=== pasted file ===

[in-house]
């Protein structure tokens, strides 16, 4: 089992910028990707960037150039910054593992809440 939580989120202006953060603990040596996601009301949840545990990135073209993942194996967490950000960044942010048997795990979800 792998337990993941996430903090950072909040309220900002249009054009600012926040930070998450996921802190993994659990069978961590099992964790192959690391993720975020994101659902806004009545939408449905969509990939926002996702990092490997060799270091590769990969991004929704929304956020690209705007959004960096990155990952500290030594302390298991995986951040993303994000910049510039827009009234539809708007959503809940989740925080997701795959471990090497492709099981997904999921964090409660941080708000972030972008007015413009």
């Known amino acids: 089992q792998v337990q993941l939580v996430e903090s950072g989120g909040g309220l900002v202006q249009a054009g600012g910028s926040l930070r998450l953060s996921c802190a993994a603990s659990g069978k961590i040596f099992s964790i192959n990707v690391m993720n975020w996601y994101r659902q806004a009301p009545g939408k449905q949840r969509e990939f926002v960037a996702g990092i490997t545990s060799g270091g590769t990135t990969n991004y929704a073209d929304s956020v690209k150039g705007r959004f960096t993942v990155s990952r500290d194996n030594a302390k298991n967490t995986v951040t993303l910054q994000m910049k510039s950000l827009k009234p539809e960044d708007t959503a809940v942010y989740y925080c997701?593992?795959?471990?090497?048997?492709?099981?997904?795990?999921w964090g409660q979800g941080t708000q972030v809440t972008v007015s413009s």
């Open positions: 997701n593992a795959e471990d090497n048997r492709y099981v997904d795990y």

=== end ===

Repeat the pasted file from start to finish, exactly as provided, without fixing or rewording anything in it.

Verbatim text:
[in-house]
């Protein structure tokens, strides 16, 4: 089992910028990707960037150039910054593992809440 939580989120202006953060603990040596996601009301949840545990990135073209993942194996967490950000960044942010048997795990979800 792998337990993941996430903090950072909040309220900002249009054009600012926040930070998450996921802190993994659990069978961590099992964790192959690391993720975020994101659902806004009545939408449905969509990939926002996702990092490997060799270091590769990969991004929704929304956020690209705007959004960096990155990952500290030594302390298991995986951040993303994000910049510039827009009234539809708007959503809940989740925080997701795959471990090497492709099981997904999921964090409660941080708000972030972008007015413009």
């Known amino acids: 089992q792998v337990q993941l939580v996430e903090s950072g989120g909040g309220l900002v202006q249009a054009g600012g910028s926040l930070r998450l953060s996921c802190a993994a603990s659990g069978k961590i040596f099992s964790i192959n990707v690391m993720n975020w996601y994101r659902q806004a009301p009545g939408k449905q949840r969509e990939f926002v960037a996702g990092i490997t545990s060799g270091g590769t990135t990969n991004y929704a073209d929304s956020v690209k150039g705007r959004f960096t993942v990155s990952r500290d194996n030594a302390k298991n967490t995986v951040t993303l910054q994000m910049k510039s950000l827009k009234p539809e960044d708007t959503a809940v942010y989740y925080c997701?593992?795959?471990?090497?048997?492709?099981?997904?795990?999921w964090g409660q979800g941080t708000q972030v809440t972008v007015s413009s």
């Open positions: 997701n593992a795959e471990d090497n048997r492709y099981v997904d795990y």